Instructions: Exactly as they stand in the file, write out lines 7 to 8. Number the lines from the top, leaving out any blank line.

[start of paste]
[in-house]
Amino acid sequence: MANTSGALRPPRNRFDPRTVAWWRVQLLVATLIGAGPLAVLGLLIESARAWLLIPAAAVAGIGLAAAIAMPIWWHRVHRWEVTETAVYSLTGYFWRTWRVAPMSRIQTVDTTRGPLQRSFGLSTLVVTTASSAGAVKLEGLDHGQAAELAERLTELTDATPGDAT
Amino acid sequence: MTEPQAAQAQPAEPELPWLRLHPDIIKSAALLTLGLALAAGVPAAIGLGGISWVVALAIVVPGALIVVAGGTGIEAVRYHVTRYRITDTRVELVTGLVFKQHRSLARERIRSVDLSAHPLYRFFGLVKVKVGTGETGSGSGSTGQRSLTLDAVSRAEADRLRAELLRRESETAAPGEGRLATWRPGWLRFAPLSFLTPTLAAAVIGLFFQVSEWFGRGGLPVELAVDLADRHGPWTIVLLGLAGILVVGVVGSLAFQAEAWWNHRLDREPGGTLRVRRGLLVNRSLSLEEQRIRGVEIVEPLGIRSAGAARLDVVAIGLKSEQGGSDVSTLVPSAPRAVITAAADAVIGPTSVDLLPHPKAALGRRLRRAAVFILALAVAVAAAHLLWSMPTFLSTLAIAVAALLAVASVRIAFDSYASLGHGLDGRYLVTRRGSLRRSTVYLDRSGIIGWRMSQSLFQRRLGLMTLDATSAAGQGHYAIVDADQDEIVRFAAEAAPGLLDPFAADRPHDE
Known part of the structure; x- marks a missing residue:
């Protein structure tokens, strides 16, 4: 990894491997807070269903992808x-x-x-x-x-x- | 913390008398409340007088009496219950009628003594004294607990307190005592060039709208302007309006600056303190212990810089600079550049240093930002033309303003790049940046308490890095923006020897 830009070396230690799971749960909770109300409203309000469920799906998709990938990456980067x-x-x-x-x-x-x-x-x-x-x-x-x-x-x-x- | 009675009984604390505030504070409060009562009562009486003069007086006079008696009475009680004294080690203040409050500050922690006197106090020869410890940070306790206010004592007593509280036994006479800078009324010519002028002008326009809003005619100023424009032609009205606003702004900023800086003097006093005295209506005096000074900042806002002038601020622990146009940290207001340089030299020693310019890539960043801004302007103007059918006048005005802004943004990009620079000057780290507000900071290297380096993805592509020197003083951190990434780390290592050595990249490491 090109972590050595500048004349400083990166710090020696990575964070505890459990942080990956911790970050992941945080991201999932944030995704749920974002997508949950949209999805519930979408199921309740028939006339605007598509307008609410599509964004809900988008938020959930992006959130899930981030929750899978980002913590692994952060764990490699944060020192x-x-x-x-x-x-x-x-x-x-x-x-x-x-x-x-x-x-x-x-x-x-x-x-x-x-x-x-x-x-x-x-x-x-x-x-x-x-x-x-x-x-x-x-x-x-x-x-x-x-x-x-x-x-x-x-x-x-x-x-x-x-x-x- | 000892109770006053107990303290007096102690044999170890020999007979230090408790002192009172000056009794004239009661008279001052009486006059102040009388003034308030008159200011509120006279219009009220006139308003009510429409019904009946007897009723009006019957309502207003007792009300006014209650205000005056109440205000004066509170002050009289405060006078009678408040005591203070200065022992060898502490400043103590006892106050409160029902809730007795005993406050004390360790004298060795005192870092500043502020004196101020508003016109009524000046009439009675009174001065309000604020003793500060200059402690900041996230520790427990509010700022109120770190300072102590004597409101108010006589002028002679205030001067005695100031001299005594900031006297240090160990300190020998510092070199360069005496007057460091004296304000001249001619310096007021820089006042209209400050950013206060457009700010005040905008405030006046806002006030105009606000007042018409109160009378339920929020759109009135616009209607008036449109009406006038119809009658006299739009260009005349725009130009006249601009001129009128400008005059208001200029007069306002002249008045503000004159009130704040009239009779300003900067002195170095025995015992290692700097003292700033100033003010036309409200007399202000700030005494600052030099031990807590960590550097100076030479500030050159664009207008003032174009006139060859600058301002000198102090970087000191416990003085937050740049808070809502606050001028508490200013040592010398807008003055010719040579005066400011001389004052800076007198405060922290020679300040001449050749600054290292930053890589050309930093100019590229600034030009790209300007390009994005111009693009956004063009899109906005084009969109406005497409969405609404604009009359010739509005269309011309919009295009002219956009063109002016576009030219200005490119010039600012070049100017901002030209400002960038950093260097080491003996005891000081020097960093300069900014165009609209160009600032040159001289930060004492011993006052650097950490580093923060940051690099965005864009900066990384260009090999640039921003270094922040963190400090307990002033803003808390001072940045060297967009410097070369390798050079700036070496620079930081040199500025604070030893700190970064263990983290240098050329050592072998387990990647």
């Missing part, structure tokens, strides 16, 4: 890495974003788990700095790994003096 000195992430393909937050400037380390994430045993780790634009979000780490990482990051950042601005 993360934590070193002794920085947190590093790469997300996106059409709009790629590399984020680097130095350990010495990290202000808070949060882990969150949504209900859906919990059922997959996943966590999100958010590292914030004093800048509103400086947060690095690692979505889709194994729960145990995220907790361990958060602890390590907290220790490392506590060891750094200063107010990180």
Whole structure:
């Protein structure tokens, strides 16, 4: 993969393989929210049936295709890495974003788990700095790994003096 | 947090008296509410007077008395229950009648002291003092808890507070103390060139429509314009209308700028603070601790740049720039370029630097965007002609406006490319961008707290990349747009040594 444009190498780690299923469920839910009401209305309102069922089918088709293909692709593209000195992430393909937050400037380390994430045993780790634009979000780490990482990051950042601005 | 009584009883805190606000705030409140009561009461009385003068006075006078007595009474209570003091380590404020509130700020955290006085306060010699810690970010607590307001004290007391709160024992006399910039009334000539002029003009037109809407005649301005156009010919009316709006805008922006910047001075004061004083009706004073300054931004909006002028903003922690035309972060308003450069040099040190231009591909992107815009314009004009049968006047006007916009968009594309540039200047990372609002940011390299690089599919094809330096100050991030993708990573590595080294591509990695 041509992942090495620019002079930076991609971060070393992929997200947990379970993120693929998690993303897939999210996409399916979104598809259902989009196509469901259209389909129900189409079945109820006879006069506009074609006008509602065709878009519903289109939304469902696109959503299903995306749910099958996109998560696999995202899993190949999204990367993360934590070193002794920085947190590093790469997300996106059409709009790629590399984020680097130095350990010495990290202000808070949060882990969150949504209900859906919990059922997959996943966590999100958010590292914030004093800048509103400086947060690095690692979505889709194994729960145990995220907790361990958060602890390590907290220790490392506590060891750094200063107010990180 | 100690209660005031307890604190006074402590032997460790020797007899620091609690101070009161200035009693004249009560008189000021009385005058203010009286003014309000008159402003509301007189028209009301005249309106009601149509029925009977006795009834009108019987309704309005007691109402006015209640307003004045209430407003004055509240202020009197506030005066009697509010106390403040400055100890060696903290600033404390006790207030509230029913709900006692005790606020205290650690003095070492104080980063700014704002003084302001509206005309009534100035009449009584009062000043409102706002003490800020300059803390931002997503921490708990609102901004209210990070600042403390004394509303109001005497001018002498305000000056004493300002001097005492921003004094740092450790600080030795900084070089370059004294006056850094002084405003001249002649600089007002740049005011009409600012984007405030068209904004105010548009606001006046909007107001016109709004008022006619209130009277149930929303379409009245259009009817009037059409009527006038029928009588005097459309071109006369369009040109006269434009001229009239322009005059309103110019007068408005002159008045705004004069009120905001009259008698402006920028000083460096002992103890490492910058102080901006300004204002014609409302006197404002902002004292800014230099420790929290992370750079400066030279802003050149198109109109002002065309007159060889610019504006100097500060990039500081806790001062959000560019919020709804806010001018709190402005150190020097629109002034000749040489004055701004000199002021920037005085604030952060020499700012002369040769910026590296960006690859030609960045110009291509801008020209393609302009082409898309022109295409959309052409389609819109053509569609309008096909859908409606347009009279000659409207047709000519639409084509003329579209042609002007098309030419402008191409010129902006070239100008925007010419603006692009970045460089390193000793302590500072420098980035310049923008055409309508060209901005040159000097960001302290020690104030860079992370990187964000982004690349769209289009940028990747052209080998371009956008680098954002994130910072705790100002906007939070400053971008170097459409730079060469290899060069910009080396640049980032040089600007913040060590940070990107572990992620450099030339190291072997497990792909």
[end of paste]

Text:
Whole structure:
């Protein structure tokens, strides 16, 4: 993969393989929210049936295709890495974003788990700095790994003096 | 947090008296509410007077008395229950009648002291003092808890507070103390060139429509314009209308700028603070601790740049720039370029630097965007002609406006490319961008707290990349747009040594 444009190498780690299923469920839910009401209305309102069922089918088709293909692709593209000195992430393909937050400037380390994430045993780790634009979000780490990482990051950042601005 | 009584009883805190606000705030409140009561009461009385003068006075006078007595009474209570003091380590404020509130700020955290006085306060010699810690970010607590307001004290007391709160024992006399910039009334000539002029003009037109809407005649301005156009010919009316709006805008922006910047001075004061004083009706004073300054931004909006002028903003922690035309972060308003450069040099040190231009591909992107815009314009004009049968006047006007916009968009594309540039200047990372609002940011390299690089599919094809330096100050991030993708990573590595080294591509990695 041509992942090495620019002079930076991609971060070393992929997200947990379970993120693929998690993303897939999210996409399916979104598809259902989009196509469901259209389909129900189409079945109820006879006069506009074609006008509602065709878009519903289109939304469902696109959503299903995306749910099958996109998560696999995202899993190949999204990367993360934590070193002794920085947190590093790469997300996106059409709009790629590399984020680097130095350990010495990290202000808070949060882990969150949504209900859906919990059922997959996943966590999100958010590292914030004093800048509103400086947060690095690692979505889709194994729960145990995220907790361990958060602890390590907290220790490392506590060891750094200063107010990180 | 100690209660005031307890604190006074402590032997460790020797007899620091609690101070009161200035009693004249009560008189000021009385005058203010009286003014309000008159402003509301007189028209009301005249309106009601149509029925009977006795009834009108019987309704309005007691109402006015209640307003004045209430407003004055509240202020009197506030005066009697509010106390403040400055100890060696903290600033404390006790207030509230029913709900006692005790606020205290650690003095070492104080980063700014704002003084302001509206005309009534100035009449009584009062000043409102706002003490800020300059803390931002997503921490708990609102901004209210990070600042403390004394509303109001005497001018002498305000000056004493300002001097005492921003004094740092450790600080030795900084070089370059004294006056850094002084405003001249002649600089007002740049005011009409600012984007405030068209904004105010548009606001006046909007107001016109709004008022006619209130009277149930929303379409009245259009009817009037059409009527006038029928009588005097459309071109006369369009040109006269434009001229009239322009005059309103110019007068408005002159008045705004004069009120905001009259008698402006920028000083460096002992103890490492910058102080901006300004204002014609409302006197404002902002004292800014230099420790929290992370750079400066030279802003050149198109109109002002065309007159060889610019504006100097500060990039500081806790001062959000560019919020709804806010001018709190402005150190020097629109002034000749040489004055701004000199002021920037005085604030952060020499700012002369040769910026590296960006690859030609960045110009291509801008020209393609302009082409898309022109295409959309052409389609819109053509569609309008096909859908409606347009009279000659409207047709000519639409084509003329579209042609002007098309030419402008191409010129902006070239100008925007010419603006692009970045460089390193000793302590500072420098980035310049923008055409309508060209901005040159000097960001302290020690104030860079992370990187964000982004690349769209289009940028990747052209080998371009956008680098954002994130910072705790100002906007939070400053971008170097459409730079060469290899060069910009080396640049980032040089600007913040060590940070990107572990992620450099030339190291072997497990792909």